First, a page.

Co-authored with Jessica Cussins Newman, a research fellow at UC Berkeley’s Center for Long-Term Cybersecurity Amidst claims that artificial intelligence (AI) will add $15 trillion to the global economy by 2030, governments around the world are devoting significant resources to support national R&D of the technology. At the same time, concerns about misuse and unintended consequences … Continue reading »
A recent New York Times opinion piece decried the application of quantitative metrics to evaluate progress toward gender equity (“Stop counting women,” Feb. 23, 2019). The author’s assertion, that such frameworks are “reductive and demeaning” and impede a “gradual organic process of moving toward a society where men and women can both pursue the work … Continue reading »
As the year-end approaches, for many the winter break means not only holiday shopping and family time but also submitting applications for graduate school, searching for summer internships, or scanning job advertisements. Applicants prepare resumes, mentors draft recommendation letters, and employers (or their designated algorithms) assess both. Given the complicated chemistry of matching an ideal … Continue reading »
Is everyone looking forward to the forthcoming Halloween? The “All Hallows Evening” is at our doorstep and everyone is preparing for trick-or-treating, brushing off their scary costumes, renting horror movies, carving pumpkins and generally intending to have fun. Halloween is the holiday that originated from the Celtic rituals in Ireland and the United Kingdom only to be … Continue reading »
In the rush to find technological solutions to complex global problems, there’s a danger of researchers and others losing track of the hardships and constraints unique to each locality. Designing data applications will require a slower approach that pays far more attention to the people behind the data.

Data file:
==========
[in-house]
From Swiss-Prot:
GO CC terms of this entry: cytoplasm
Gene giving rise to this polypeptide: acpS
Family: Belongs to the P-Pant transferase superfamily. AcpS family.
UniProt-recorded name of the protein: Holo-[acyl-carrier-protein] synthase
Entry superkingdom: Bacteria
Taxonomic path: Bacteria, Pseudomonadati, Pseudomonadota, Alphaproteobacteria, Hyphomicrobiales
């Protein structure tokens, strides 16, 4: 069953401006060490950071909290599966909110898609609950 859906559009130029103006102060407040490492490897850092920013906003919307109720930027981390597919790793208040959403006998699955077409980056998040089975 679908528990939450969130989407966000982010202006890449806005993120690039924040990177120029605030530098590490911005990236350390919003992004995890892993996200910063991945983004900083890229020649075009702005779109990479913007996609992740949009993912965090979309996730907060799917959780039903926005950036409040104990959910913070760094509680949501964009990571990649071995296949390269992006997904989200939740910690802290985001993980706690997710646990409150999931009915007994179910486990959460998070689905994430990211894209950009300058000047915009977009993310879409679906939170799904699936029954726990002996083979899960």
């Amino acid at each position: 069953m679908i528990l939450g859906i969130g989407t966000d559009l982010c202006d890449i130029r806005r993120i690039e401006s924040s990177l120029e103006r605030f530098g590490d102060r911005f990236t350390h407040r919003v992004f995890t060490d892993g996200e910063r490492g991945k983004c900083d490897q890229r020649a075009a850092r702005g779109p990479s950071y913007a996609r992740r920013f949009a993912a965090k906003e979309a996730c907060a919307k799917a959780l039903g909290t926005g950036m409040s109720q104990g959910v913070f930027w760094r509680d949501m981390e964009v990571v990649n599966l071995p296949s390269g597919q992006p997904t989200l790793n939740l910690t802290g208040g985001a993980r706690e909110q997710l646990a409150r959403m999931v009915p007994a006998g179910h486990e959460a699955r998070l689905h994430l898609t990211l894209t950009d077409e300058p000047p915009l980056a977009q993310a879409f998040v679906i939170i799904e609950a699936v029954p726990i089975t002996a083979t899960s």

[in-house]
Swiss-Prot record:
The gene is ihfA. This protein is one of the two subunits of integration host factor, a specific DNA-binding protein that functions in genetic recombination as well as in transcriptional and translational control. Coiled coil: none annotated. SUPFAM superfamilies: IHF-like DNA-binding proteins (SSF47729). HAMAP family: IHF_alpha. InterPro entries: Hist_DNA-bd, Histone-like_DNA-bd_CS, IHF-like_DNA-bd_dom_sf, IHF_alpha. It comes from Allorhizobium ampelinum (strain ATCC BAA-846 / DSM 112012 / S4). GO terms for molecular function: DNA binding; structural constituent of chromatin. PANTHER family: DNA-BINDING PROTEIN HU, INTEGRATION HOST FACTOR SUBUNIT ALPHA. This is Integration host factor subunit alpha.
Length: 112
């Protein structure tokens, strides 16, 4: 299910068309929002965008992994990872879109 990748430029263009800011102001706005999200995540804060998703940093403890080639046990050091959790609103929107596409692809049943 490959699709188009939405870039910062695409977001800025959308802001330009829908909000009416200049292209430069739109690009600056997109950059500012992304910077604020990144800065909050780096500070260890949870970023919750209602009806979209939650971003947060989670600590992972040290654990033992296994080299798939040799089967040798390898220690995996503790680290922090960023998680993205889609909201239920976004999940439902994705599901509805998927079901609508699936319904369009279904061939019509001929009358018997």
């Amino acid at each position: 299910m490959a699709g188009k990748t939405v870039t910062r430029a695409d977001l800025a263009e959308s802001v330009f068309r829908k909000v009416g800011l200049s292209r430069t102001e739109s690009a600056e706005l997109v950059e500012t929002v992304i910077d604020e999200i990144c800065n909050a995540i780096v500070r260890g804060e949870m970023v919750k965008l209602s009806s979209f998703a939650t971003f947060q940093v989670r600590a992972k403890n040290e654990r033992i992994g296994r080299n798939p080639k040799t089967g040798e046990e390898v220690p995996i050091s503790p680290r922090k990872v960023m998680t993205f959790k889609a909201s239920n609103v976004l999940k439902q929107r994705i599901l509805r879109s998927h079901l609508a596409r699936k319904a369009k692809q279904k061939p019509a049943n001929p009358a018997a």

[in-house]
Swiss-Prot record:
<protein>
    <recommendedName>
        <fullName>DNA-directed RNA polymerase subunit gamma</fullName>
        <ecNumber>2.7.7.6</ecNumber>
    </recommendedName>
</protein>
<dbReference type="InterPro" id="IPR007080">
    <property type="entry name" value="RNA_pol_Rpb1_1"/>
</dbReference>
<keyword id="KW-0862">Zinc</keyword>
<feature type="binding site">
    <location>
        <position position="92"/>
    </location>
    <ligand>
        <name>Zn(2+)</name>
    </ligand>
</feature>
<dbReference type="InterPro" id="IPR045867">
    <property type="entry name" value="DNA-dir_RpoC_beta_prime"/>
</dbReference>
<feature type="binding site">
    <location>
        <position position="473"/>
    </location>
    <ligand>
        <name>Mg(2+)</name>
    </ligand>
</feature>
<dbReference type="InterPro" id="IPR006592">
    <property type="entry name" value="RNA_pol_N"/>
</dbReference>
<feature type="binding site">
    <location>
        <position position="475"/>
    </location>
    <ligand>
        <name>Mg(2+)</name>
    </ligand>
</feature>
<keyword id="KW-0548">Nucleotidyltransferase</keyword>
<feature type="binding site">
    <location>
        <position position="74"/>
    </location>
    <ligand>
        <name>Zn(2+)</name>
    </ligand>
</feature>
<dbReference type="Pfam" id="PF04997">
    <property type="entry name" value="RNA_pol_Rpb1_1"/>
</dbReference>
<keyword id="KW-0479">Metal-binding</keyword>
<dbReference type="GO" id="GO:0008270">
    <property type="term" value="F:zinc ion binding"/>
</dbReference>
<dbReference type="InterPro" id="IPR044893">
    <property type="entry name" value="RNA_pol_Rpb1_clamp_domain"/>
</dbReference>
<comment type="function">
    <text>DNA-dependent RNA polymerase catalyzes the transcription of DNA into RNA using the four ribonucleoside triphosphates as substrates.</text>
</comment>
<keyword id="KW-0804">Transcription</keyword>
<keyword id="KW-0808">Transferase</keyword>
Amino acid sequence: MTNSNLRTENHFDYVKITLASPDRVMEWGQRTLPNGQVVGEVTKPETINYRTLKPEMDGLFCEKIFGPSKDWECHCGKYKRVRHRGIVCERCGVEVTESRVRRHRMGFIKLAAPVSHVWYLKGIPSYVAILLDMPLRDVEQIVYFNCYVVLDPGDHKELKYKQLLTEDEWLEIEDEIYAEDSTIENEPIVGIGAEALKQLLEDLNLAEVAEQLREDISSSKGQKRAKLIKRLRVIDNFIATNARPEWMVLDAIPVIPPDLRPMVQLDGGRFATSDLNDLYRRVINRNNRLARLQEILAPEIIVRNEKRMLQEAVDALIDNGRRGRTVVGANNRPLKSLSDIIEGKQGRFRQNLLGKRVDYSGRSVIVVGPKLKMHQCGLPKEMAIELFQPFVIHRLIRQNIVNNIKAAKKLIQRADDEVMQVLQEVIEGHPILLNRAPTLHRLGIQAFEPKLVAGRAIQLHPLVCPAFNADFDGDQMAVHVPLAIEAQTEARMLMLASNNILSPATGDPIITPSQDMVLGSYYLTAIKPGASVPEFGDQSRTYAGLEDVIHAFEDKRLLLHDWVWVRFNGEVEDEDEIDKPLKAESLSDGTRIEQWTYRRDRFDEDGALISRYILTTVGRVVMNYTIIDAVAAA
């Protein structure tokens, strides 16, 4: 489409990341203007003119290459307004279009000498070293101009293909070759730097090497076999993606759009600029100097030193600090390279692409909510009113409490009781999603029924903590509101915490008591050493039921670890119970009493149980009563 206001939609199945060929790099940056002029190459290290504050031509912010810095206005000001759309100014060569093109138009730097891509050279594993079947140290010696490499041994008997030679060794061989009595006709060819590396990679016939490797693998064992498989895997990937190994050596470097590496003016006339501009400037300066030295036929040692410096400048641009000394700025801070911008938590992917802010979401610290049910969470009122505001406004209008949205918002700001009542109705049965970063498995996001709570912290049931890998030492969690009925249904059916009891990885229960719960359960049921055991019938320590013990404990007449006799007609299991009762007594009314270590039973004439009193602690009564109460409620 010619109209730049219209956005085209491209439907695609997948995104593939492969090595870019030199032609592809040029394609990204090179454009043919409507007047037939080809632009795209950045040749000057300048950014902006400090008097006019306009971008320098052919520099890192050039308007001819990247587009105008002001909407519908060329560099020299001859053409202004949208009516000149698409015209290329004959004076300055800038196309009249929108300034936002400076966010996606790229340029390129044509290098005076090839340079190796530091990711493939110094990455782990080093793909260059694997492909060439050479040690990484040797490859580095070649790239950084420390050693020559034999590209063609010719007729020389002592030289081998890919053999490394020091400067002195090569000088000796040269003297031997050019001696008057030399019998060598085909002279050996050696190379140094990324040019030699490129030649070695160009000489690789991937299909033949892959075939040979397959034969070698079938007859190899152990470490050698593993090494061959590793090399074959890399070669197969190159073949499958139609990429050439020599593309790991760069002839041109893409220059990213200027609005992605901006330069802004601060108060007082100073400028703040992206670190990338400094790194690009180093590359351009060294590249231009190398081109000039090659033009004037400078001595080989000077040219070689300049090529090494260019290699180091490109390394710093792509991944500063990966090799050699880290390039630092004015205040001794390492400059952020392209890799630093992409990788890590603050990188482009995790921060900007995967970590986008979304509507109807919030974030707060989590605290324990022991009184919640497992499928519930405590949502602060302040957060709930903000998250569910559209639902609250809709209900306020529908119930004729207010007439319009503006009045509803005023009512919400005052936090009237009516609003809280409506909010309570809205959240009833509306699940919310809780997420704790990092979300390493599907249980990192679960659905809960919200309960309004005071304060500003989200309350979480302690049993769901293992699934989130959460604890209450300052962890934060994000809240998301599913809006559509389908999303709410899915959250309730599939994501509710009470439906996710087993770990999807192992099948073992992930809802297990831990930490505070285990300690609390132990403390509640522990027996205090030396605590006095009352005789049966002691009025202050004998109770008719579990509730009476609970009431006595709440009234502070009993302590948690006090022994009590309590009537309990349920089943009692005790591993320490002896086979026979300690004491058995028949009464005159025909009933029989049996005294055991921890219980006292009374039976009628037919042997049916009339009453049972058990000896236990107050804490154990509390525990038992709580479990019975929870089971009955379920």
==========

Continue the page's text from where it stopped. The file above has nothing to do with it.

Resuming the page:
June is conferences month and this year I attended three – two in Washington (the ICABR Ravello group conference at the World Bank and the IFPRI conference) and then the World Congress of Environmental and Resource Economists in Gothenburg, Sweden. I was most enlightened by a wonderful book, Factfulness, I read on the plane. Altogether, … Continue reading »
A version of this article appeared in the Harvard Business Review The entrepreneur who founded and grew the largest startup in the world to $10 billion in revenue and got fired is someone you have probably never heard of. The guy who replaced him invented the idea of the modern corporation. If you want to … Continue reading »
People, especially outside the U.S., always ask “What makes America great?” A popular answer is America’s private sector, with its capacity for innovation and entrepreneurship. A second answer is American universities, especially at the graduate level. Others will argue that it is its legal system that allows fast transactions and enforces contracts. I believe that … Continue reading »
If you asked me why I gravitated to startups rather than work in a large company I would have answered at various times: “I want to be my own boss.” “I love risk.” “I want flexible work hours.” “I want to work on tough problems that matter.” “I have a vision and want to see … Continue reading »
I was part of the second class of undergraduate women at Williams College, which became co-educational in 1970 after nearly 200 years of being an all-male enclave – and for many of those years, all-white as well. I became accustomed to being one of the only women in a classroom. I didn’t have a single … Continue reading »